1) budgie or parakeet - what is the difference?
The term 'parakeet' is almost a catch-all name given to many smaller parrot species, usually slim birds with long pointed tails. The name 'budgie' or 'budgerigar' comes from Australia where budgies live in the wild. The budgie does have alternative names given to it such as shell parakeet and warbling grass parakeet, hence people calling them budgies and parakeets. A lot depends on which part of the world you live in. In the USA a budgie is often referred to as a parakeet.
2) budgie illness / budgie health - is my budgie sick ?
In the wild if budgies let their guard down and show they are unwell they will become the victims of predators. Therefore it is natural for budgies to conceal their illness as long as possible. By observing your budgie daily you will learn its normal behavior and anything out of the ordinary should draw your attention. If your budgie looks ill it normally means it is really sick and can deteriorate extremely quickly. When you detect any of the following signs of illness you should take your budgie to an avian vet as soon as possible - try to visit a vet experienced with birds so a correct diagnosis can be given. Signs of illness to watch out for:
abnormal droppings (note the quantity, color, consistency)
abnormal feathers, feather growth, or molt
abnormal sleep pattern:
- both feet on the perch when normally one foot is tucked up - head tucked under the wing
- head turned towards the wing with eyes only partly closed
any change in normal activities:
- talking or chirping
- playing with toys
- interaction with other birds
- interaction with humans
- energy levels
- different perching area
black spiky head feathers (except during molting)
discharge from the beak, eyes or nostrils
drinking a lot more water than usual
drooping head, tail or wings
dull or swollen eyes
excessive feather picking or plucking
face and head feathers coated with mucus and semi-digested seed falling off the perch
fluffed up appearance
hunched over posture
loss of appetite
lumps or swellings on the body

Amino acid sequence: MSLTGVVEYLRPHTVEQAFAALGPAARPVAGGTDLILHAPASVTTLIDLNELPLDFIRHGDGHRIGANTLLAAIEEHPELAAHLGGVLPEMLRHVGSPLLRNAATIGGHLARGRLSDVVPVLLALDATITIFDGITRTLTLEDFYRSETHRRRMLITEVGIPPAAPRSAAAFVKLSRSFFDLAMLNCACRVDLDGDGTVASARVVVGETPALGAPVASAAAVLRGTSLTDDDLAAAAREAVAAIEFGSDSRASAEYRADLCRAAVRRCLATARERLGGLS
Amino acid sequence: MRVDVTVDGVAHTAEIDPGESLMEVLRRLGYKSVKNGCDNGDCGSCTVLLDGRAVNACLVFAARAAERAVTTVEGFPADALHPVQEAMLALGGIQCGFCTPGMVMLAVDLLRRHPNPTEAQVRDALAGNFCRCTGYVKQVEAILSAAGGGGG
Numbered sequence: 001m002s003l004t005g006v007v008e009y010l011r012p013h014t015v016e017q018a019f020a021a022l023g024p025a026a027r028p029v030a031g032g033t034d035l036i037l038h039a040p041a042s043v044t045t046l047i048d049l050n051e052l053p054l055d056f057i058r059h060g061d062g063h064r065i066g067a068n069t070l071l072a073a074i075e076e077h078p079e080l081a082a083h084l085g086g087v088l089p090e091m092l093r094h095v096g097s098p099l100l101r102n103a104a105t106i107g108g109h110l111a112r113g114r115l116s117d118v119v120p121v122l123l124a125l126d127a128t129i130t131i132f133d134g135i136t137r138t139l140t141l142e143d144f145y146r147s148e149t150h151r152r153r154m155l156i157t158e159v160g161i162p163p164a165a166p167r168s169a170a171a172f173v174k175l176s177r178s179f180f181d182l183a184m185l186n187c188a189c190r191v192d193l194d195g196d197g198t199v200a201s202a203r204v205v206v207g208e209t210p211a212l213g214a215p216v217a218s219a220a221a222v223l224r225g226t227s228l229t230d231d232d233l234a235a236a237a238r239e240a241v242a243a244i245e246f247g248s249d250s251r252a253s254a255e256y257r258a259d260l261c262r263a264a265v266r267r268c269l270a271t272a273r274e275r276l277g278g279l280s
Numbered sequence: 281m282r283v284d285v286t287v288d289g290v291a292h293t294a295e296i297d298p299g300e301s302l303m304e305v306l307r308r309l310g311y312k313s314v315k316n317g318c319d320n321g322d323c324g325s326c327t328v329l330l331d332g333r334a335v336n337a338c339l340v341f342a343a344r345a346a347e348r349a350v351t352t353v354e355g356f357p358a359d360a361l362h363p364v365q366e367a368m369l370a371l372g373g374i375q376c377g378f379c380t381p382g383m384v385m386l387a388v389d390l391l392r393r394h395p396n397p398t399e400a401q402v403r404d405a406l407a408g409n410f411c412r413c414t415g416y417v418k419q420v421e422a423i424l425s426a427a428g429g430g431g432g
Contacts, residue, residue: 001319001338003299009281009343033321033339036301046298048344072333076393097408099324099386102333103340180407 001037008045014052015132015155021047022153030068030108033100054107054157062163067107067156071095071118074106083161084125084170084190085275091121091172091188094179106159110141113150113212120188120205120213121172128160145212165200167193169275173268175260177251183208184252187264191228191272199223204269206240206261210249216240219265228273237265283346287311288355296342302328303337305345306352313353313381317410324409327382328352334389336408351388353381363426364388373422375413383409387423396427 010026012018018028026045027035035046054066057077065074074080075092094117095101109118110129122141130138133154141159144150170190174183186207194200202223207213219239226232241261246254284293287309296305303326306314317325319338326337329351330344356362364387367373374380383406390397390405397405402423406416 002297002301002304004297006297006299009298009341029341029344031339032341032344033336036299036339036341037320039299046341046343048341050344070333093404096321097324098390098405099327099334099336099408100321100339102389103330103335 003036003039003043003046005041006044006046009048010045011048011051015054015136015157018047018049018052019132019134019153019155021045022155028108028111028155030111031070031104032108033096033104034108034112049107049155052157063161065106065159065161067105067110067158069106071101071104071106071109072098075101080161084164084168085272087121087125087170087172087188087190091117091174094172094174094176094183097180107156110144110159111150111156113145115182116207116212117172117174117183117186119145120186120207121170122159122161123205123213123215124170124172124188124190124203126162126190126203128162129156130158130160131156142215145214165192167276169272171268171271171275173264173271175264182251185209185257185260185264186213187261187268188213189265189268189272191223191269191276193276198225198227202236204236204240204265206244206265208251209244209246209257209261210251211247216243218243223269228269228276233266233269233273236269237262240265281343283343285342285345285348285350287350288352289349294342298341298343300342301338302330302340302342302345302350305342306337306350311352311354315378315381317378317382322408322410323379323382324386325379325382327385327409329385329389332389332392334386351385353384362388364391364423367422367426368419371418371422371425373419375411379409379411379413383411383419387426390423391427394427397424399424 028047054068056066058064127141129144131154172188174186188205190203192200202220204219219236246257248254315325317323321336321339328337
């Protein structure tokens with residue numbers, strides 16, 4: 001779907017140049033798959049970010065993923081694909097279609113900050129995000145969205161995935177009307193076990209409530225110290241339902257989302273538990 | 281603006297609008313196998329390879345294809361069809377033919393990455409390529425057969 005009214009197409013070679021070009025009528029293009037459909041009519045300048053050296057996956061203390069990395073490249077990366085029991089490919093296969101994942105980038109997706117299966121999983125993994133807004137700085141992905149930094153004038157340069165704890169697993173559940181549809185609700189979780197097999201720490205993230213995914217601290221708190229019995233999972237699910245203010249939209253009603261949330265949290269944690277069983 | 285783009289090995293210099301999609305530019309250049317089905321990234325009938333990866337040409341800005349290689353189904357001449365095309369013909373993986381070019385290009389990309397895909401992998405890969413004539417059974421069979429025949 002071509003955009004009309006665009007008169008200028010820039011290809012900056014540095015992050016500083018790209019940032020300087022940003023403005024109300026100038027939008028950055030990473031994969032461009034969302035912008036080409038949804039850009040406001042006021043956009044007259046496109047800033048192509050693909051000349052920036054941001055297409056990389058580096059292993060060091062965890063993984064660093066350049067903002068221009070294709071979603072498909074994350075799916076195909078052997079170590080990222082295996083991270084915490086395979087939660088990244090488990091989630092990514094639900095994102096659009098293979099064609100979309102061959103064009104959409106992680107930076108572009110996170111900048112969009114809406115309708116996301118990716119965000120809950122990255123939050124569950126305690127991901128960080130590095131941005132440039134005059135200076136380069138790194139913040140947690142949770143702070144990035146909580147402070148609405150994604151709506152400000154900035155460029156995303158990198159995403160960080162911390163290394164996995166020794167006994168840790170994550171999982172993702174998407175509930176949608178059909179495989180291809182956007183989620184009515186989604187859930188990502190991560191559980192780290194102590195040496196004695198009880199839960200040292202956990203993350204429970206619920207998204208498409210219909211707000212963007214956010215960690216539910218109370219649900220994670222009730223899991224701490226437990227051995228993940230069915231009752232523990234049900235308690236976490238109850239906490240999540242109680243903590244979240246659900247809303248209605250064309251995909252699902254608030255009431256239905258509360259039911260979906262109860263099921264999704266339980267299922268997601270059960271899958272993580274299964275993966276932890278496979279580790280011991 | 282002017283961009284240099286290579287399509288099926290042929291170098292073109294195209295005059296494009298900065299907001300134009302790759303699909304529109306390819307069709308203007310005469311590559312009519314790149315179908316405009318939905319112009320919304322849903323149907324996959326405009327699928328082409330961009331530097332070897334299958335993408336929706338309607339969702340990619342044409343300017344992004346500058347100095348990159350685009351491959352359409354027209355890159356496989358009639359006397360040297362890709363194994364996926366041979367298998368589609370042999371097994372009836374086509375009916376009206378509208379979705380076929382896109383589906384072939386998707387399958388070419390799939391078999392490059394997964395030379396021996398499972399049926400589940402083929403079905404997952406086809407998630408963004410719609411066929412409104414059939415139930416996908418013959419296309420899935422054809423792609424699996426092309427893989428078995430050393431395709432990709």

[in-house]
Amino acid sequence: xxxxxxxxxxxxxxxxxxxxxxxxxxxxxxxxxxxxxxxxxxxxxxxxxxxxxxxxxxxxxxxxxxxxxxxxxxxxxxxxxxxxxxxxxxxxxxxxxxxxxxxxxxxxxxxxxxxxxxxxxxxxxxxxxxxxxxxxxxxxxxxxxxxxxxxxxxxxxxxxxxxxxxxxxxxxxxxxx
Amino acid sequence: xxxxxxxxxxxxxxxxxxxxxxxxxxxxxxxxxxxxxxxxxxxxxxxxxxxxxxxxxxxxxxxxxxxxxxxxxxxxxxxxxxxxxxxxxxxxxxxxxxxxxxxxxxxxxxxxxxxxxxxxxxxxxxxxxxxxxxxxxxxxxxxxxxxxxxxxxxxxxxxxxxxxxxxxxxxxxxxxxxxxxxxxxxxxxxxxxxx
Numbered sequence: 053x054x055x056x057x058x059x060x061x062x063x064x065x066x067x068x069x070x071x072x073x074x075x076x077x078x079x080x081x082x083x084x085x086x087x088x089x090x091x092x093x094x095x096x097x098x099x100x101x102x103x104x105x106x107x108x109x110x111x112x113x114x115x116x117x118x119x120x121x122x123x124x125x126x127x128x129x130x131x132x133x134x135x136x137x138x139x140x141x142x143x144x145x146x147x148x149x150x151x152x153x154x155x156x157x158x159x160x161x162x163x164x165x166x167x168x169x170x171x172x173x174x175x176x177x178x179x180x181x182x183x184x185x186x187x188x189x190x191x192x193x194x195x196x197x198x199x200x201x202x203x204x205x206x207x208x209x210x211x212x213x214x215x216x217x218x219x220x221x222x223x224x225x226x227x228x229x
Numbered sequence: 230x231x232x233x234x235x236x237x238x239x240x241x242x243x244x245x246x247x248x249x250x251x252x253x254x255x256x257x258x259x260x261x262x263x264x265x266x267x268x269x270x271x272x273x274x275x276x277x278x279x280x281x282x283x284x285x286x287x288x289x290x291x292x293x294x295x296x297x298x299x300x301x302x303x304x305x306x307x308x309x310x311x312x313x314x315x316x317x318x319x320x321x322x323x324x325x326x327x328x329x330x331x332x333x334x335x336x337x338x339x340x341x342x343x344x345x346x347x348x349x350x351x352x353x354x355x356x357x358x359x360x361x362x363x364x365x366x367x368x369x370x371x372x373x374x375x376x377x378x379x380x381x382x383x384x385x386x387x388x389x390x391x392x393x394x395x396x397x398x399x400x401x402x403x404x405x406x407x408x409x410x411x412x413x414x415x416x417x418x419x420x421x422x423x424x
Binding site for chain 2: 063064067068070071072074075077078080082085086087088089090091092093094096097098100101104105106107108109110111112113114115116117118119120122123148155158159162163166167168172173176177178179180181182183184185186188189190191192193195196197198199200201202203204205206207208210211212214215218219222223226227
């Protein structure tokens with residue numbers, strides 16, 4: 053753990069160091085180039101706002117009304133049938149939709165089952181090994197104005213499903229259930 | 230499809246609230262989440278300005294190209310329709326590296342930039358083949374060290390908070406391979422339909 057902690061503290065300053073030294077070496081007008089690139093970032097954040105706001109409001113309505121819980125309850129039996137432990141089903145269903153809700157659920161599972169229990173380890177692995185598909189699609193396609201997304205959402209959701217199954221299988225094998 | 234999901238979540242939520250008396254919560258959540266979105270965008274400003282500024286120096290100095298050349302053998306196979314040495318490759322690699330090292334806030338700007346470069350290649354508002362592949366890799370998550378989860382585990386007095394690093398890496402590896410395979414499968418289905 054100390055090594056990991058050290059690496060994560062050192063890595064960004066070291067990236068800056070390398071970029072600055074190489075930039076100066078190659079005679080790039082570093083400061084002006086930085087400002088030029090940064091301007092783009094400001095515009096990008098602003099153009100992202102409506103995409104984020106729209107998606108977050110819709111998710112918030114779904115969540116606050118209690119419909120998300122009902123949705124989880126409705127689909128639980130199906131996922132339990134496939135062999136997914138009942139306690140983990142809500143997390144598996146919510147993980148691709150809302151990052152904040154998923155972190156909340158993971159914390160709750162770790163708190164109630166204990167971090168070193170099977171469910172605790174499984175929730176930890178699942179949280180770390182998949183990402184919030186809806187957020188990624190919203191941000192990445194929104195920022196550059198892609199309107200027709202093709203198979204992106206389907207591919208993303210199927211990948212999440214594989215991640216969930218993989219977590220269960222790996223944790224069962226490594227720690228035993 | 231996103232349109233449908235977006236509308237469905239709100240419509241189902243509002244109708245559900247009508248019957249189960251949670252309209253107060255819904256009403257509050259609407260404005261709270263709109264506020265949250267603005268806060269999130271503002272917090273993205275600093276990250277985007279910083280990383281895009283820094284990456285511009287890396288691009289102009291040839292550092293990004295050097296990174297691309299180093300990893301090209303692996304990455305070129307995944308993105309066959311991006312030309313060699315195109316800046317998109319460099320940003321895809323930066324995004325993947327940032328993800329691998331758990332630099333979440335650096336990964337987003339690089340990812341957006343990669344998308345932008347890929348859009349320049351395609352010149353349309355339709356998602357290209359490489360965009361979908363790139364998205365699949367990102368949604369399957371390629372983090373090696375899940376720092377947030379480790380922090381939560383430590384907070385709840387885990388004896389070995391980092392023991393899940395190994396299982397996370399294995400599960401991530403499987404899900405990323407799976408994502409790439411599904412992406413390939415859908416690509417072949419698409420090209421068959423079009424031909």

sitting on the bottom of the cage
3) budgie lifespan - how long will my budgie live for ?
The average lifespan of a budgie is 8 to 10 years. It is not unusual for a budgie to live to 14 years of age and the occasional budgie makes it to 20! To insure your budgie has a long and happy life provide:
a clean cage
a healthy diet including fresh fruit and vegetables offered daily plenty of activity and companionship
4) budgie sexing - is my budgie male or female ?
You need to look at your budgie's "cere". The "cere" is the area above the beak and surrounding the nostrils. With adult budgies if the cere is bright blue the budgie is a male and if the cere is brown the budgie is a female. When a female is in breeding condition her cere will be dark brown and may become rough and crusty. The above applies for most adult budgies except some color varieties such as albinos, fallows, lutinos and recessive pieds. With young budgies the ceres of both sexes are the same colour, a purplish shade, so it is difficult to decipher their sex until they have been through their first molt at three to four months of age. Only then will the adult color show. To the experienced eye the sex of a young budgie may be differentiated. The cere on a young male budgie tends to be more notable than a young female's in that it is fuller and brighter. It takes on a pinkish shade whereas a female's will have a bluish shade. Another tip is that a young female tends to be more aggressive and bites harder than a young male.
5) budgie care - what is the best budgie food ?
Budgie diet is extremely important and is the key to having a healthy budgie - along with exercise. Give your bird a good-quality budgie seed mix....
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